Bigger is better, right?
The more data you have, the more robust the information. The better the information, the more meaningful conclusions you are able to draw. And we all understand now that we, whether we know it or like it, contribute to ‘big data’ gathering every day we’re online. So if we’re contributing then it must be genuine, informative and useful.
But is it?
Can ‘big data’ be collected for particular commercial reasons and used accordingly? Can it usefully tell us what we want to know?
Yes and no. It can be amazing and deeply insightful. Or it can be tainted, too abstract or not relevant to our real life business issues.
So I’m making a case for small data, individual insights and the tiny changes that can accumulate to larger results. I’m talking about the actions and changes that happen at a level below which we might not normally notice but, taken collectively, can be significant.
Let’s still have our moonshot goals - let’s launch our business rocket to the moon - but let’s understand the small changes we need to make. Large goals by small steps.
Small data might be tiny, like this:
- A customer making an ‘off the cuff’ comment, such as “I nearly didn’t register because you asked for my phone number”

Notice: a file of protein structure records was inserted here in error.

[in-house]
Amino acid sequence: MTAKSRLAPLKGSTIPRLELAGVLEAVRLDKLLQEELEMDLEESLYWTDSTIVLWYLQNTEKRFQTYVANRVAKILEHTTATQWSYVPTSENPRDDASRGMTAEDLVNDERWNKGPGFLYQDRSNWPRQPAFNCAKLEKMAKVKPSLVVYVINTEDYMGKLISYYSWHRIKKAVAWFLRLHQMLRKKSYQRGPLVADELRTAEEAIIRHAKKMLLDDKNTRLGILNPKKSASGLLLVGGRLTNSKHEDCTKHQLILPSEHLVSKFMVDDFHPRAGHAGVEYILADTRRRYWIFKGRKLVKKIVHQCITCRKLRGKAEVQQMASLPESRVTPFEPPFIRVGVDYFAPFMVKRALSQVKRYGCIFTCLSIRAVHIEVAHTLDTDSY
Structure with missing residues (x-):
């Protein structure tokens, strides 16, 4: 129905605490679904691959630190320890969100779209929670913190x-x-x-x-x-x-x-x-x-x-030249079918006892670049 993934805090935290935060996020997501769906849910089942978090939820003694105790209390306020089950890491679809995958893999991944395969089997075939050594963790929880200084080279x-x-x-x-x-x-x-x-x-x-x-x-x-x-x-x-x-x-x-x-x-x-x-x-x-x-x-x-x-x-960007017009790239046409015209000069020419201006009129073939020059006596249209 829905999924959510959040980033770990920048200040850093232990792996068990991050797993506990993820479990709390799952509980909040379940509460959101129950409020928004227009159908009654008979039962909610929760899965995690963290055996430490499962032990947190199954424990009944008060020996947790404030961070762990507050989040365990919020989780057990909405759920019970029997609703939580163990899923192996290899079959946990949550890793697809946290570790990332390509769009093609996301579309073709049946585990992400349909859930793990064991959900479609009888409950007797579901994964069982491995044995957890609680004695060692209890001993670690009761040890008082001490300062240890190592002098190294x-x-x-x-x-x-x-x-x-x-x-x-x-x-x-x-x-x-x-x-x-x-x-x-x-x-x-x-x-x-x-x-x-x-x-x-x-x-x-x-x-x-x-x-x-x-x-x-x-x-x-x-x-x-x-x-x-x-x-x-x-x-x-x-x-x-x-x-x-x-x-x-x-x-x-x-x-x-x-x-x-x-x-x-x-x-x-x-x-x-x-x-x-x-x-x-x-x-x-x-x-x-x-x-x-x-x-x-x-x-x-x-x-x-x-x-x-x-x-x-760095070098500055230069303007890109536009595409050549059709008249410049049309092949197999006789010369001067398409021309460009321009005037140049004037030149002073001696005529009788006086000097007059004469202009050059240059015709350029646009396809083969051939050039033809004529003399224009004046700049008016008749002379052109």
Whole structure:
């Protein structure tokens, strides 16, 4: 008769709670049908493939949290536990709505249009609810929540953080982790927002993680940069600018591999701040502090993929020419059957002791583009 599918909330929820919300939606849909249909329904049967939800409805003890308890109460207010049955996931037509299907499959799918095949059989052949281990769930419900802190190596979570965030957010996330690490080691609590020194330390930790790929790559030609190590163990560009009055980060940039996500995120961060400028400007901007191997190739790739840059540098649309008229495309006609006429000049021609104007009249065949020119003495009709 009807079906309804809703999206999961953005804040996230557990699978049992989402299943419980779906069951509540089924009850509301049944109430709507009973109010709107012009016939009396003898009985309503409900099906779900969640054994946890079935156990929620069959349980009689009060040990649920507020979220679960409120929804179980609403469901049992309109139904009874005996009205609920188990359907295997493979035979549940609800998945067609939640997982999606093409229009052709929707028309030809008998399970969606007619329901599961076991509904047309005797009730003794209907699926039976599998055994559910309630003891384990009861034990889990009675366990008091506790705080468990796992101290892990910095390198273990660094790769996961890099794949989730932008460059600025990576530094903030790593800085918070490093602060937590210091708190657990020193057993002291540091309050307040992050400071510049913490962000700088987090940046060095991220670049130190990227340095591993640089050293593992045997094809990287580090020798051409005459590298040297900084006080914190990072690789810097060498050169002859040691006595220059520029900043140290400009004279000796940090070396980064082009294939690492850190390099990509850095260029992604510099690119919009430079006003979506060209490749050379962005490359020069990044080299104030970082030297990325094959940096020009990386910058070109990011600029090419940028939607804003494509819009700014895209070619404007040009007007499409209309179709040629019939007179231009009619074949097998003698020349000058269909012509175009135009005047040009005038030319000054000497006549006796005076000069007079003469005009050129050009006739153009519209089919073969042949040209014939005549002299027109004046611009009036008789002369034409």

- Noticing that your gross margin has slipped by 1%
- Overhearing a friend in the pub talking about his great new finance rate which has cut his interest costs
Small data is streaming in, live, every minute of every day and it becomes white noise to our busy days. My challenge to you is to find ways to capture and distil this small data into:
- Interesting but irrelevant - note and retain for the pub quiz
- Interesting and valuable - note and document into your planning
- Interesting and vital - note and act
When we’re busy, we can miss these nuggets of small data, unless we have a method to recognise, capture and use it. So that’s what we’re working on now in Beany - helping our clients understand how their large goals can be advanced by not only their own small data insights, but also those from other businesses.
The translation of small data into actionable points which connect to your larger life and business goals - well, it sounds easy when you say it quickly like that! If you want to talk more to someone about understanding and actioning small data, contact firstname.lastname@example.org to become a part of a wider trial into small data actions.
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